Do you ever worry about who might be looking over your shoulder? It is a hot topic at the moment - the shadowy world of tracking and surveillance. As smarter and smarter technology monitors our behaviour online, and even our physical movements in the workplace, how far should we be prepared to compromise privacy in the interests of security and efficiency? And how can the same technology be employed to better track endangered species? Bridget Kendall discusses these issues with Finnish cyber-security expert Mikko Hypponen, Kenyan vulture scientist Munir Virani, and Australian political geographer Anja Kanngieser.
Photo: A satellite navigation system. Credit: Andersen/AFP/Getty Images
Munir Virani is Africa program director for The Peregrine Fund, a bird of prey conservation charity. He has been finding new ways to keep tabs on declining vulture populations in East Africa, in particular attaching GPS-GSM devices to individual birds to track their mortality rates and migratory patterns. He says that this tech is allowing us to understand for the first time where vultures are really going. Munir is also involved in the new African Raptor Databank, a project which will harness citizen sightings of birds of prey across the African continent, via a simple smartphone app.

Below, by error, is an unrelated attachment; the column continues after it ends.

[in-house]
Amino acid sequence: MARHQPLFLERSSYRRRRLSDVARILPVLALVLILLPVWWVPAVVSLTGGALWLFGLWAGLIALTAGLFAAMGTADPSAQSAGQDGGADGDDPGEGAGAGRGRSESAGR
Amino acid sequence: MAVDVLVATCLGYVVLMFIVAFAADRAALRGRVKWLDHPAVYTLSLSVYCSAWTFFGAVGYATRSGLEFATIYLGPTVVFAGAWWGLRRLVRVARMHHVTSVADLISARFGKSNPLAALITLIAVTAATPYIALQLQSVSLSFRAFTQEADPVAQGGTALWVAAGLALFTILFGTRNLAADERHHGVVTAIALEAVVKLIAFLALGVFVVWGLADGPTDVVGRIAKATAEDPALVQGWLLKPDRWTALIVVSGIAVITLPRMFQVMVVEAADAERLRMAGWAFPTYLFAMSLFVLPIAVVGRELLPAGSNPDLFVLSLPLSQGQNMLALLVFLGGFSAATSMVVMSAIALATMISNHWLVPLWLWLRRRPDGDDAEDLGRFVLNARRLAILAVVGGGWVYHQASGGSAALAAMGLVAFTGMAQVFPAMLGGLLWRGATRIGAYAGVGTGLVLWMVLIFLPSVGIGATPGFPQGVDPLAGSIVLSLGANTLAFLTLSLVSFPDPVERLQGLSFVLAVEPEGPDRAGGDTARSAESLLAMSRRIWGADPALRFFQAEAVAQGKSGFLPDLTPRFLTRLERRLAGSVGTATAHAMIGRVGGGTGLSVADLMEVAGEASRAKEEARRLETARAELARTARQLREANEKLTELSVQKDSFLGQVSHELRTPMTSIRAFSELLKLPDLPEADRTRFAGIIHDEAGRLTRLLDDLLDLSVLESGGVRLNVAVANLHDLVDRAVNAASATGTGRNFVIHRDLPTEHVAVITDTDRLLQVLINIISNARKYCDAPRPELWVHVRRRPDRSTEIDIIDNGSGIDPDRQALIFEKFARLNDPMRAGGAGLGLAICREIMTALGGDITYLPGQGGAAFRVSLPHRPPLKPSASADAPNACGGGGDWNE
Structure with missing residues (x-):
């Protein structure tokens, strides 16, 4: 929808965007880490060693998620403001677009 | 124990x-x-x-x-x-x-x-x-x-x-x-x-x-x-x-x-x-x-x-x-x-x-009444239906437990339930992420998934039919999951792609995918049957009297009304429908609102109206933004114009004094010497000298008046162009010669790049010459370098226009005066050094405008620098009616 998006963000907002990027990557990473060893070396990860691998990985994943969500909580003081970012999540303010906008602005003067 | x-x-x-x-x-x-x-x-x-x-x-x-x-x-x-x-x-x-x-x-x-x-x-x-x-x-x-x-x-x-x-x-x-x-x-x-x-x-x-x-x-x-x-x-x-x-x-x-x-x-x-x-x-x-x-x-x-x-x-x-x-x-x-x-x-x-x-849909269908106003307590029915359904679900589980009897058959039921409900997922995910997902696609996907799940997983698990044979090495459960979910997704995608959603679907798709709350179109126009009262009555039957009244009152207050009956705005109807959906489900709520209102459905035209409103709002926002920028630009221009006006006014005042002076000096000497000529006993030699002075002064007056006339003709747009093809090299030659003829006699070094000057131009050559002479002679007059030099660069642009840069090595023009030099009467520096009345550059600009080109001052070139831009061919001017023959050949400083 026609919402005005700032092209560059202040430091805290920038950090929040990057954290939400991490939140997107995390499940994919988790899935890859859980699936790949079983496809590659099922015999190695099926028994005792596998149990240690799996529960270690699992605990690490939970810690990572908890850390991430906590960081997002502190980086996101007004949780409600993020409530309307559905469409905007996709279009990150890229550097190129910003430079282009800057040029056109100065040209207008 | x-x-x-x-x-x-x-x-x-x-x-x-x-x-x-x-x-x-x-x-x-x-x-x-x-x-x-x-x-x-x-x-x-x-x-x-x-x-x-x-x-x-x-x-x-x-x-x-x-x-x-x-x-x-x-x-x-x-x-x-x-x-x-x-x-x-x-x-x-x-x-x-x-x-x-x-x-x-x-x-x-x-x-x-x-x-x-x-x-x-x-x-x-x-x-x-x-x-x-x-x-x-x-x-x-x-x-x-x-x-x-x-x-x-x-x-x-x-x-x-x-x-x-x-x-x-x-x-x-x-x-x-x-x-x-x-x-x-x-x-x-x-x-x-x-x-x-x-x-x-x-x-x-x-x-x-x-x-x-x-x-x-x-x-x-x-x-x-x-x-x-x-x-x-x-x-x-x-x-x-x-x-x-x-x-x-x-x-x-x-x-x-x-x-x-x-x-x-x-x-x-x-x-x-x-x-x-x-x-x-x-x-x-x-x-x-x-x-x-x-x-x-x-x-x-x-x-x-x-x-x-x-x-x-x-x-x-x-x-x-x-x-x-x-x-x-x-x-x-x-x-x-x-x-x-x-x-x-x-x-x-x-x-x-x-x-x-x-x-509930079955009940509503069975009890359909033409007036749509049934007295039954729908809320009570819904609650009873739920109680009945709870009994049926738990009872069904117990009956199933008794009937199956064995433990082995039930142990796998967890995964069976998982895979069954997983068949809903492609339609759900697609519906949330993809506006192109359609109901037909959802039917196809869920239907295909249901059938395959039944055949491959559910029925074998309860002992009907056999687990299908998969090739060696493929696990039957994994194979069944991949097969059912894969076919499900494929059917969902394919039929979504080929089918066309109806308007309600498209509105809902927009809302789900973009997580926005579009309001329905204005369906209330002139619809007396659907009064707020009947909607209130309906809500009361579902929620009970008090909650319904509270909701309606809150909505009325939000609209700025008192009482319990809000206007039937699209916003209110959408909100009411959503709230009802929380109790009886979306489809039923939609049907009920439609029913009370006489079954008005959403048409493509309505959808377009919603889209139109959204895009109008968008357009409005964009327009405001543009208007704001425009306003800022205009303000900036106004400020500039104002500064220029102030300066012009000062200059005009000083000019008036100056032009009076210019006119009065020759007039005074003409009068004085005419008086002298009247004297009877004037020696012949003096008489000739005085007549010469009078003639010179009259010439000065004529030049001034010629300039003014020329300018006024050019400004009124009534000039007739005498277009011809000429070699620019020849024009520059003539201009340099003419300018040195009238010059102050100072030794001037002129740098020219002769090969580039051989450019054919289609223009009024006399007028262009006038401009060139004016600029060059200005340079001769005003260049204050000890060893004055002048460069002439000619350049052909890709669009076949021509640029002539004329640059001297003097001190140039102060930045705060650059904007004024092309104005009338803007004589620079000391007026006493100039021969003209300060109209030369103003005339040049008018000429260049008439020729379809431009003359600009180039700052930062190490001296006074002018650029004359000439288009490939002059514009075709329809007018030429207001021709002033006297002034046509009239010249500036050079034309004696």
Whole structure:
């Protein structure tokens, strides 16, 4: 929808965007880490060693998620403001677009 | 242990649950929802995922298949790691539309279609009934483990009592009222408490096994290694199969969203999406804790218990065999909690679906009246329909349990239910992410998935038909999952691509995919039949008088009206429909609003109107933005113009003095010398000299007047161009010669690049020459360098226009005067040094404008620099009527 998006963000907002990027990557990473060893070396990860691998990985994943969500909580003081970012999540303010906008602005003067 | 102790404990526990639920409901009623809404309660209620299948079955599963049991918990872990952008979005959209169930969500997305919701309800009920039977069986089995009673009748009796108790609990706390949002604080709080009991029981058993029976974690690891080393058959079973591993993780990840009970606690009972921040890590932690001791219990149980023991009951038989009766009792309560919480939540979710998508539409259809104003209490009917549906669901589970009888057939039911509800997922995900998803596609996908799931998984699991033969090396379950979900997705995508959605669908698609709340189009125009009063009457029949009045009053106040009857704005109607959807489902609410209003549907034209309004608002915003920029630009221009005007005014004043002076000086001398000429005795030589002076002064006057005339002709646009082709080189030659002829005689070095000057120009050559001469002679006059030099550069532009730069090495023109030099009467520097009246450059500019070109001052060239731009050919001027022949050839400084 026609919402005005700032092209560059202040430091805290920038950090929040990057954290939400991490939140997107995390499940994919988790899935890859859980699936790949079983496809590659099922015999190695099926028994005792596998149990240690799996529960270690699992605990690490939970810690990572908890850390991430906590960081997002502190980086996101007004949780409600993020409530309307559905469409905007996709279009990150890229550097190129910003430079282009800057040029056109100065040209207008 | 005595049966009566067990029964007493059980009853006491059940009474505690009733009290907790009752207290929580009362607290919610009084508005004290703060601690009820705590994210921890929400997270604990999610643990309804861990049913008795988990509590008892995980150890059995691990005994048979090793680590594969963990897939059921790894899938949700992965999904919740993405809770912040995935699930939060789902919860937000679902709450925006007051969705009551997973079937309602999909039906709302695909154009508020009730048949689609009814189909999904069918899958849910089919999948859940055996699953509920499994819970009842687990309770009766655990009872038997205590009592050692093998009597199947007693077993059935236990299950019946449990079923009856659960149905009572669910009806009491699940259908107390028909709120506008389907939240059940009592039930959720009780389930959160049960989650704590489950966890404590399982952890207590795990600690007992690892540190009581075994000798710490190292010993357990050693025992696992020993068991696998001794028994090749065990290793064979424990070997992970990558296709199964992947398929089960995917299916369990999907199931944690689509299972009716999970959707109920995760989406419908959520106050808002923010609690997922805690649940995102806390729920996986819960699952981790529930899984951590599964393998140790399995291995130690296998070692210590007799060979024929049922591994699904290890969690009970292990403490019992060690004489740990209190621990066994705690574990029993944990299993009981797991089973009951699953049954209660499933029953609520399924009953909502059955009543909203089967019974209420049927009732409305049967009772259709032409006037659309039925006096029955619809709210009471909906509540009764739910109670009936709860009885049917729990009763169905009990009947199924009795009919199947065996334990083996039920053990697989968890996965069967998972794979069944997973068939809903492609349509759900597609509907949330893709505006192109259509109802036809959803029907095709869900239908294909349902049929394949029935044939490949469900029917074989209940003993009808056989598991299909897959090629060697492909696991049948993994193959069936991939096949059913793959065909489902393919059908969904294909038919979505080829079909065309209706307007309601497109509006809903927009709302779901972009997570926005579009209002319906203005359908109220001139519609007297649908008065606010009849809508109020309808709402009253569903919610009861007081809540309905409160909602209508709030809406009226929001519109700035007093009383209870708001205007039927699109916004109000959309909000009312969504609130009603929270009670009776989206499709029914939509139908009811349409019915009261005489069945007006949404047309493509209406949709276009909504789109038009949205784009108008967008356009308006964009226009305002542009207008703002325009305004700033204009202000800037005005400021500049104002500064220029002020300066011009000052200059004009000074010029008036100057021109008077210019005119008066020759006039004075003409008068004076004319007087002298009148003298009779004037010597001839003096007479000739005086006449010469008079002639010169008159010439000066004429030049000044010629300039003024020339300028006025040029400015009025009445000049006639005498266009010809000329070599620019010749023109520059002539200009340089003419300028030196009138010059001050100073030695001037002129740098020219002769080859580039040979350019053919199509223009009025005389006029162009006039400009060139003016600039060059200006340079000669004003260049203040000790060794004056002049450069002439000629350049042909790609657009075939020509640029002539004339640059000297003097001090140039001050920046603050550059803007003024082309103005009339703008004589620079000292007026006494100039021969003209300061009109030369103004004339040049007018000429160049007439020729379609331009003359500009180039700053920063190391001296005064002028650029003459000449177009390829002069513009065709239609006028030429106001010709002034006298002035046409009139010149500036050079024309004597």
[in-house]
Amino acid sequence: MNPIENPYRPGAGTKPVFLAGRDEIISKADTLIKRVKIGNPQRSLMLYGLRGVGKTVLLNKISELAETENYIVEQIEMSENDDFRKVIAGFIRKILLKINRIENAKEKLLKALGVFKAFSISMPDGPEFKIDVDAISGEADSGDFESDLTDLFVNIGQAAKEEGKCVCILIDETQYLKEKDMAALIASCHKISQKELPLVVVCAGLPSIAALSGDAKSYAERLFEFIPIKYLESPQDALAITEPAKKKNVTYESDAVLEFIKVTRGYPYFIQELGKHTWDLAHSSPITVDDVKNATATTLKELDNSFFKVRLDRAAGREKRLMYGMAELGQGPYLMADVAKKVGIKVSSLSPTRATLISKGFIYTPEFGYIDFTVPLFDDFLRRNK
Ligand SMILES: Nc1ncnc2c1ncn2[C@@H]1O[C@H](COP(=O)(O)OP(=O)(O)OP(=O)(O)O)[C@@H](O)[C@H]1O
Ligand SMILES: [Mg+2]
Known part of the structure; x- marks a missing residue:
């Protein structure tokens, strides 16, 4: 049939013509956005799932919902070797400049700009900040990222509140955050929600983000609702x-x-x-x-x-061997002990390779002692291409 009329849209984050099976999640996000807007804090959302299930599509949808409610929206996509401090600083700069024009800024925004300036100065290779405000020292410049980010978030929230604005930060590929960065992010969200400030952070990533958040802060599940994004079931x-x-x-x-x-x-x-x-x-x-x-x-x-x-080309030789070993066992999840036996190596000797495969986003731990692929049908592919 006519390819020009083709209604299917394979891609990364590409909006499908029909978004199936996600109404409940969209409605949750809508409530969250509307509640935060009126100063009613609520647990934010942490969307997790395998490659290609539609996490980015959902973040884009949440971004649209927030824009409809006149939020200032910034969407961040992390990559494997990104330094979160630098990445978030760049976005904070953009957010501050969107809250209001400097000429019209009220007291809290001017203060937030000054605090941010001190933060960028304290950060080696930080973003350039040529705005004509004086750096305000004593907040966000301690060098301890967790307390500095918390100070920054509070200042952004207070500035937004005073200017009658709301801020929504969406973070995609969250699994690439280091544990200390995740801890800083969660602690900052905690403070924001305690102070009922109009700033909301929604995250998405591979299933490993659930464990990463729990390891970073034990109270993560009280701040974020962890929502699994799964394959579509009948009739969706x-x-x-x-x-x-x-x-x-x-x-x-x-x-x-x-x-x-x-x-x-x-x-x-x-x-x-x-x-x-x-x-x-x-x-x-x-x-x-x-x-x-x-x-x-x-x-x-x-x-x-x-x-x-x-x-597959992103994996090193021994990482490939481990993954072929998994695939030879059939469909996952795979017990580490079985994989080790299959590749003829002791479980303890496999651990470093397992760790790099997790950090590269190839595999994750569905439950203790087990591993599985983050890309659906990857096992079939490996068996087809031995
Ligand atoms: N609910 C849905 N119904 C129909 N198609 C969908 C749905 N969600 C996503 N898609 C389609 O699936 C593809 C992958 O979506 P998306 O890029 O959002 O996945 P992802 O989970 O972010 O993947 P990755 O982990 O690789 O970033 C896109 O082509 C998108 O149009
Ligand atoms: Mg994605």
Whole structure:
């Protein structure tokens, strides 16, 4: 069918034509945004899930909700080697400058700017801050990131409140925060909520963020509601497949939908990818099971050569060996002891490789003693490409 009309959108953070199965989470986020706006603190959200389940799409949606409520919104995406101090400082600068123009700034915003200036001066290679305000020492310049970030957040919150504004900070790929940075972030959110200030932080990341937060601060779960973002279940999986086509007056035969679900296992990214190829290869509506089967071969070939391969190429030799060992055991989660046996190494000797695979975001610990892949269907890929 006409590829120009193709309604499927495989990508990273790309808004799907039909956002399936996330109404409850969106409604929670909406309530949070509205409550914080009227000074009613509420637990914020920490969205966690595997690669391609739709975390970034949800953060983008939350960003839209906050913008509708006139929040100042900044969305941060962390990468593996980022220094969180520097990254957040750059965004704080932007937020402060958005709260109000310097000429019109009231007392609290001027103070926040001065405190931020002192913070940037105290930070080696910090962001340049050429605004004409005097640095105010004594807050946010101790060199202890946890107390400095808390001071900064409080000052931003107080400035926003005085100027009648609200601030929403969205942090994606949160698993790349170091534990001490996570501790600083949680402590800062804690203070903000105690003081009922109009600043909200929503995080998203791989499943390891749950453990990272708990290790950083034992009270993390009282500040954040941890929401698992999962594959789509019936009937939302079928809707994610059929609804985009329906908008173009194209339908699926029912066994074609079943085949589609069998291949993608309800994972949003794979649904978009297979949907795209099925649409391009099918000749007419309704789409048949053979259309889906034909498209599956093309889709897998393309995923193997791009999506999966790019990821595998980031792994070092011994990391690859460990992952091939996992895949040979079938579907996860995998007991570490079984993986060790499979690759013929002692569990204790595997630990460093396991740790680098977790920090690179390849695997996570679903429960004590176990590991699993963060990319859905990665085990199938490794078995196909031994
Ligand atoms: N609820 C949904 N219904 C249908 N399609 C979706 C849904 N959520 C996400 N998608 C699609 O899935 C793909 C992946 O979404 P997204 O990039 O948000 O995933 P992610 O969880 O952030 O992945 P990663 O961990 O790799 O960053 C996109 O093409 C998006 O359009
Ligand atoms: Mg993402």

Anja Kanngieser is a political geographer in the Sociology department at Goldsmith’s College in London. One of her current areas of research is how industry tracks the performance of its workforce, and the radical new developments in this field in recent years, including the increasing use of technologies such as Radio Frequency Identification, GPS and Voice Directed Order Picking. She says that more research is needed into how these new systems, designed to increase productivity and efficiency, are adversely affecting employees’ privacy and health.